Christopher’s autopsy results show that he inhaled smoke, indicating that he was alive and upstairs at the time the fire started. This makes the prosecution’s case impossible but it is entirely consistent with Jeff’s account of what happened.
About Carbon Monoxide
Carbon monoxide (CO) is a colourless, odourless gas that is produced when things burn. All fires produce CO. Other sources of CO include car engines and cigarette smoke.
Forensic pathologists and toxicologists routinely test the levels of CO in the blood of fire victims to determine whether a person was alive or dead before the fire started.
Everyone has a small amount of CO in their blood. According to scientific literature, non-smokers have a normal level of CO between 0.4 and 1.4%. Due to their regular contact with smoke, smokers may have up to 9% CO in their blood.
No one in the Gilham house smoked cigarettes. Helen, Stephen and Christopher were non-smokers. If they had died before the fire started, it would be expected that their CO level would be somewhere between 0.4 – 1.4%.
- Helen Gilham’s blood CO level was 3%,
- Stephen’s level was 4%
- Christopher’s CO level was 6% – over four times the upper limit of normal.
This result shows that Christopher inhaled smoke prior to his death.
Why does this matter?
The prosecution claimed that Christopher was killed on the downstairs level of the house (away from any smoke or fire) at least 15 minutes before the fire started. The prosecution argued that in that time, after Jeff had killed his entire family, he then set out to do a number of things, such as washing, attempting to syphon petrol and distributing mineral turpentine to accelerate the fire, before he sought the help of a neighbour.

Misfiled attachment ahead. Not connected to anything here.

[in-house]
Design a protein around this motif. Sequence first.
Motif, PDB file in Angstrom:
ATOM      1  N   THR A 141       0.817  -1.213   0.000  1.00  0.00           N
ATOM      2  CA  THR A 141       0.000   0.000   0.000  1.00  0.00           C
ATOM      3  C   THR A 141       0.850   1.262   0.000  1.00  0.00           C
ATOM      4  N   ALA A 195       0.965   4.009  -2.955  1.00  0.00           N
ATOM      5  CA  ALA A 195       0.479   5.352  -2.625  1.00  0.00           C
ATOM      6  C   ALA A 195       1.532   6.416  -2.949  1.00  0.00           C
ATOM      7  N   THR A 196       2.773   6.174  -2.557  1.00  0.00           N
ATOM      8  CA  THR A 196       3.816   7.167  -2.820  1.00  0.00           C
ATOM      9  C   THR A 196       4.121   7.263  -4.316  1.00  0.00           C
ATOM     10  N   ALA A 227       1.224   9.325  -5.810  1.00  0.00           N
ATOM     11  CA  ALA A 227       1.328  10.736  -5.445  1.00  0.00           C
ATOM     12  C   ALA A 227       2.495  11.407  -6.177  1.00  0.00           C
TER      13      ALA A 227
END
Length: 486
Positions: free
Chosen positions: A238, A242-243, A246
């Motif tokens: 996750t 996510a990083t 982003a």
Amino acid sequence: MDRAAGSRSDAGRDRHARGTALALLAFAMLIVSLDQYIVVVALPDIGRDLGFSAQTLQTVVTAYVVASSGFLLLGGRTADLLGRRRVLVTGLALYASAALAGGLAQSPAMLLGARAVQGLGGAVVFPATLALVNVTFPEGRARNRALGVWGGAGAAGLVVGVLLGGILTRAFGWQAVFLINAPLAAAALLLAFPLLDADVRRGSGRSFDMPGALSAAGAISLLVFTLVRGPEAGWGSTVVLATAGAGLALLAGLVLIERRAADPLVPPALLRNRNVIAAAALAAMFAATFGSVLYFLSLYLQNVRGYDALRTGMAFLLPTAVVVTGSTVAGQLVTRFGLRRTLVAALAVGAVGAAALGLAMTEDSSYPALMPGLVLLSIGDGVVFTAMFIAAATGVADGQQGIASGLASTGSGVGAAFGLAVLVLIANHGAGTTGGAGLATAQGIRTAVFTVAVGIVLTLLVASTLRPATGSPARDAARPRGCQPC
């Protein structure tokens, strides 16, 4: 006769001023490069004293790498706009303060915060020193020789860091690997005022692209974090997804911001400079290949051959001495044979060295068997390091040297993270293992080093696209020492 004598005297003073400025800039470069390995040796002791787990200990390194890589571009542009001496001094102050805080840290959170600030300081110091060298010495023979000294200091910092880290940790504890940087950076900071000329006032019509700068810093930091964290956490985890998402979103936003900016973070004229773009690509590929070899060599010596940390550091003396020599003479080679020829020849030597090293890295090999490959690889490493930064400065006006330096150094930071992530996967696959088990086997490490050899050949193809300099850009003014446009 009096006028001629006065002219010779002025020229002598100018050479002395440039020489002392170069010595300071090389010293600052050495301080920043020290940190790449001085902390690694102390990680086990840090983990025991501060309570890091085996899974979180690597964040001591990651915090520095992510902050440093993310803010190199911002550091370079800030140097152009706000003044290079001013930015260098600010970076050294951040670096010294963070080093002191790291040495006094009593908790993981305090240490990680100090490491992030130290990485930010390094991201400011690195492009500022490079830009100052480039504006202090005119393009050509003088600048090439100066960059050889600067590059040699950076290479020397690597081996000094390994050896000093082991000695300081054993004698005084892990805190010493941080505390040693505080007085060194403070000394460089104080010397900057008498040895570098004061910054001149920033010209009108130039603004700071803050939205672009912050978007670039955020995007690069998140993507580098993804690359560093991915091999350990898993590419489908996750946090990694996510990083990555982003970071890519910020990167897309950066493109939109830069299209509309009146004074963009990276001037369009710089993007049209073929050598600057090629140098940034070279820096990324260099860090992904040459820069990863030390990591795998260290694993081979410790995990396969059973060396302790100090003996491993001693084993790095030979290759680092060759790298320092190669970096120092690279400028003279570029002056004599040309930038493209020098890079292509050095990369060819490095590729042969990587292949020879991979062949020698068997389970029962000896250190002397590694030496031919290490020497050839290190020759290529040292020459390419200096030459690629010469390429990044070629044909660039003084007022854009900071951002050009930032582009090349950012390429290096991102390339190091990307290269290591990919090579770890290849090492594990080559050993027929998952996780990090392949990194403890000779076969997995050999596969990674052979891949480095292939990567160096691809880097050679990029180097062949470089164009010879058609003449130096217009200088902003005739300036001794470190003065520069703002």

By taking this approach, the prosecution tried to deal with a key weakness in the case against Jeff: Why Christopher, staying just downstairs from his parents, did nothing to assist his parents even when their screams could be heard by neighbours over 50 meters away.
This evidence confirms that Christopher was not dead or dying while the fire took hold upstairs. It shows instead that he was alive and upstairs breathing in the smoke from the fire.
The level of CO in Christopher’s bloodstream is entirely consistent with Jeff’s account of discovering Christopher upstairs and seeing Christopher start the fire.
How this was Presented to the Jury
The prosecutor’s expert witness described each of the CO results as negative, indicating that all three were dead at the time of the fire. He said:
“In the normal course of things in looking at a person with stab wounds and fire damage, a level of less than 10 per cent would be assumed to be that the person had died before the fire started.”
The jury were told the level was not significant — it meant nothing.
This is simply not correct given that scientific literature has long-established background levels of CO in non-smokers.
Christopher was a non-smoker, his body had no fire damage and he died well away from any fire or smoke, and hence his blood CO level was consistent with him being alive for a period of time after the fire was started.